What I found was as a person with complex needs physical and mental there was no joined up care. Constantly met with 'that's not my remit' passing me on to somewhere else that took a message and never called back. No one has known what to do with me or my family so we were ignored and now we've hit crisis.

    So finally I had another assessment this week. Same social worker. I said I don't know how to get across to you that my needs are greater than telling me to organise a Link scheme visitor. I want to feel well enough to be that visitor. I don't know how to fit my mental health needs into these same questions I heard in the summer. I want it so that my husband isn't so angry and frustrated and ill that he frightens me with his anger. I want to feel that I have somewhere safe because at the moment I don't feel that. I haven't heard back yet but I'm not feeling that positive. I've said the same things why would I get a different outcome.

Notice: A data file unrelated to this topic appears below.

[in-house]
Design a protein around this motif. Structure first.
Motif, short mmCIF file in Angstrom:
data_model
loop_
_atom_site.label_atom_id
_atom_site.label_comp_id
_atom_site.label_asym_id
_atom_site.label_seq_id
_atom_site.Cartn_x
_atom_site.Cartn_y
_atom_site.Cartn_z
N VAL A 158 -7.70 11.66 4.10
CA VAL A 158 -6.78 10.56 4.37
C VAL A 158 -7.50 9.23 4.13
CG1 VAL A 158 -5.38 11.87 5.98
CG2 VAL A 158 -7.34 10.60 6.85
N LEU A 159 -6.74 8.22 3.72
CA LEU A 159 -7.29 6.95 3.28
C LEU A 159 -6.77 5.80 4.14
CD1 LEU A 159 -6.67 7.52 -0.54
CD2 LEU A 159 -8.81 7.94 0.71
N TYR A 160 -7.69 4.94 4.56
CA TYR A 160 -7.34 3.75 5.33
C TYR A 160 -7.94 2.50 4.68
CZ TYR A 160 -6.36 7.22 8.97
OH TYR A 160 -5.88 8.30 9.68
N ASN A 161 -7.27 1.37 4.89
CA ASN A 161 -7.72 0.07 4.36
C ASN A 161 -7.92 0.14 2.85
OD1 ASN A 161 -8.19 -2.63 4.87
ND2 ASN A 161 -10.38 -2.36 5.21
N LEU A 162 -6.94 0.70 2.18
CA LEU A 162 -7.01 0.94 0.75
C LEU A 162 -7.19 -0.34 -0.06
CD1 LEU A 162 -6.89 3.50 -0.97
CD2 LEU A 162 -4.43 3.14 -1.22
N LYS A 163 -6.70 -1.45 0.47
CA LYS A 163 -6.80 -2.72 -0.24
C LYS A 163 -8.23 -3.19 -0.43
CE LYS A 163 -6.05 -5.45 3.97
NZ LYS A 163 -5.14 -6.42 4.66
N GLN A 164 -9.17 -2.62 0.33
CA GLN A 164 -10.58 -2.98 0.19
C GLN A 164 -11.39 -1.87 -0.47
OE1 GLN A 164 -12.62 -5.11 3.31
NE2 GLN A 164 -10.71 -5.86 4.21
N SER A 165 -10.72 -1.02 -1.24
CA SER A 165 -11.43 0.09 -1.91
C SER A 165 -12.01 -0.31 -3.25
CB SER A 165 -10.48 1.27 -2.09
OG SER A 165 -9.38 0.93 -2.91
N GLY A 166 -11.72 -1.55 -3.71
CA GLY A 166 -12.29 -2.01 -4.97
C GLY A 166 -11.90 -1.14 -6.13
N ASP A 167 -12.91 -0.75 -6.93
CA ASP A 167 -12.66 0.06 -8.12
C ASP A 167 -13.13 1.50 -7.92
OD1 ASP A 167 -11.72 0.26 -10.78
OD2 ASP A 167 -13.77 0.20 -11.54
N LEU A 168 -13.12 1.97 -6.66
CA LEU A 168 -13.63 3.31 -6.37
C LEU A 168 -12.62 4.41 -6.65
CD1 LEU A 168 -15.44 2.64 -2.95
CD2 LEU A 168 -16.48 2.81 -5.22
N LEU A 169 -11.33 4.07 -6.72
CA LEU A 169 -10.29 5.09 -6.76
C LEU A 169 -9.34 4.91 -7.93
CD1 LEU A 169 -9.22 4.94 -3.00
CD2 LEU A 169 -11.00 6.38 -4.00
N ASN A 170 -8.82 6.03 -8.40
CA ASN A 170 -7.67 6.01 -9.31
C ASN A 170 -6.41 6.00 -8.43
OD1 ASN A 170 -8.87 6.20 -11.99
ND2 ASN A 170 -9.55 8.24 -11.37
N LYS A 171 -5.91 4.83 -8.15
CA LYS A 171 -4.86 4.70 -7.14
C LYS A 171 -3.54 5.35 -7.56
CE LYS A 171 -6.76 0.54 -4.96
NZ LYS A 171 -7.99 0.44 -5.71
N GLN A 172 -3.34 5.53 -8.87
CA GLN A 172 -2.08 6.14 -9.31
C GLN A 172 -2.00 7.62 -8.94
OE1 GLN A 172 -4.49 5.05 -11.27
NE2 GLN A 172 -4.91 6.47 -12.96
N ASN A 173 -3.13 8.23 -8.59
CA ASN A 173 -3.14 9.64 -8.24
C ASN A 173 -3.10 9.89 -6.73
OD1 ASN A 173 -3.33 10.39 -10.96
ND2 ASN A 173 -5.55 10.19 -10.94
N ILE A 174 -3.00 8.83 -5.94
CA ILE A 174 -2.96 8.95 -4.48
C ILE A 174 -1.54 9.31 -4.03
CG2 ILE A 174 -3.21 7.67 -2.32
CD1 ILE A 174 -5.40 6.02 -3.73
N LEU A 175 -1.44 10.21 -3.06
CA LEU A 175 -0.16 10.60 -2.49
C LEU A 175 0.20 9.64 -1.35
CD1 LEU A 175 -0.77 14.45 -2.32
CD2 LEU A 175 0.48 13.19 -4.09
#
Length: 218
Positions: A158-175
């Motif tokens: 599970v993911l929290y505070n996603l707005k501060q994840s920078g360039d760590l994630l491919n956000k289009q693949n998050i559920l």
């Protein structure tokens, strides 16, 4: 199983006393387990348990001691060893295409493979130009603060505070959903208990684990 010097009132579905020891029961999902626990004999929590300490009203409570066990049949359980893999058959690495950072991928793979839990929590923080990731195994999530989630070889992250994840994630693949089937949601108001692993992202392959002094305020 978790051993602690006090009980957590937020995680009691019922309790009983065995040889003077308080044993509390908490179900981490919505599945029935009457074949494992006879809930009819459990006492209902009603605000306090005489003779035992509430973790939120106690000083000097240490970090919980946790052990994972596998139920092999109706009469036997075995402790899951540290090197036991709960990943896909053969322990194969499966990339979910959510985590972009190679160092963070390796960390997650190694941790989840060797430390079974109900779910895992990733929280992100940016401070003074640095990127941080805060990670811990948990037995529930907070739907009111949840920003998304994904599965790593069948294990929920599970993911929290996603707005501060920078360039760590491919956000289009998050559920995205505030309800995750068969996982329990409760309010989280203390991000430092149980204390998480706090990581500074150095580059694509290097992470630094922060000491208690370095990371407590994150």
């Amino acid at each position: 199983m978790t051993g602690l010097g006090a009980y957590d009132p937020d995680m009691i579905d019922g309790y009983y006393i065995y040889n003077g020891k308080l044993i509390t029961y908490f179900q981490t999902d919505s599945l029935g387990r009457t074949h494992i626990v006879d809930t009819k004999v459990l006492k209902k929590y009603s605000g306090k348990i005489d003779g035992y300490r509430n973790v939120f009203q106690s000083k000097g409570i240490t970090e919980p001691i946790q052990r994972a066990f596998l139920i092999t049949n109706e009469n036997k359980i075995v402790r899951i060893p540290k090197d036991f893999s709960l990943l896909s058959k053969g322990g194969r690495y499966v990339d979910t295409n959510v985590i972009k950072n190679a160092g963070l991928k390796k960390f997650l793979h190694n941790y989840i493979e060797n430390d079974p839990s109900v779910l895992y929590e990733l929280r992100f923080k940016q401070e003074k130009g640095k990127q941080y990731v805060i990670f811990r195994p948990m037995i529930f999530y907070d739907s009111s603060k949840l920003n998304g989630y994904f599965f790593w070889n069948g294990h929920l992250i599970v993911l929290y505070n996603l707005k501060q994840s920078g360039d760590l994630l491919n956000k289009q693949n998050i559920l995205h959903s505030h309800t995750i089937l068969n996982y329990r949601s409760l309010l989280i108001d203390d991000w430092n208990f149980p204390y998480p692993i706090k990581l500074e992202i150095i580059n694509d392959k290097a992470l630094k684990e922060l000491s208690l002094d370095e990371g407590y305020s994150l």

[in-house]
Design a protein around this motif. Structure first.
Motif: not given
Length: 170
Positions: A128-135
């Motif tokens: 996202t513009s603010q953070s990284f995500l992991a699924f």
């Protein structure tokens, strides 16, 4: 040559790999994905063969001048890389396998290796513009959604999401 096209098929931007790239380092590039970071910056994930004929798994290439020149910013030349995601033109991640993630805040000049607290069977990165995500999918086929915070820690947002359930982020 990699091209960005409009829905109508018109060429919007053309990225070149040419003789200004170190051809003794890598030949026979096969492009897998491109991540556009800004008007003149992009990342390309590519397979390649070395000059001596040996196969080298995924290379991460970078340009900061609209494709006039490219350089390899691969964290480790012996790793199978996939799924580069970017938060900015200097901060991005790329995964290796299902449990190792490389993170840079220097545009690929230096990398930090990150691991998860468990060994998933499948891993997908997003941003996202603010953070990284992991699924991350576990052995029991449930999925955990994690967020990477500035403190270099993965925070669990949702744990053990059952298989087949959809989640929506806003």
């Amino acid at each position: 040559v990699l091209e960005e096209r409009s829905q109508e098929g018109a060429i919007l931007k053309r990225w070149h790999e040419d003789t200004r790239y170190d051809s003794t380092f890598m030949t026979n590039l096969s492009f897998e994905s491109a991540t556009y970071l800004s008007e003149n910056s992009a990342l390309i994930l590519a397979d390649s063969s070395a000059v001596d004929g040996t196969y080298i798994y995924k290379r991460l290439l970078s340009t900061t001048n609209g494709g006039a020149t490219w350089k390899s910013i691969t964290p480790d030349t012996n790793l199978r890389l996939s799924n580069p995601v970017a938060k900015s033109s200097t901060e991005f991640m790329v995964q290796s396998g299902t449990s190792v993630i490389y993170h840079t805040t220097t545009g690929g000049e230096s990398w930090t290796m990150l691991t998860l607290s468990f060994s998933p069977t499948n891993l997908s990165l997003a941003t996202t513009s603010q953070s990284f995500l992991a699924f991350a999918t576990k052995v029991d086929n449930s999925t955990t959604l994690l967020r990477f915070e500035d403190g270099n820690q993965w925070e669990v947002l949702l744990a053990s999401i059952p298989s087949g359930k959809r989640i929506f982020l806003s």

Sorry for the lengthy comment but it's really important that both receivers of social care and their carers are heard in this process. Really crucial that it's not just about the frail elderly please. My social care was my lifeline an important part of my 'care' package as it was to my mum in law.

  3. Comment by Alisoun Milne posted on

    Thanks for this helpful summary re the Green Paper Lyn. I'd like to know how I may engage with the process of consultation and am happy to be involved in any relevant activities.


Leave a comment

We only ask for your email address so we know you're a real person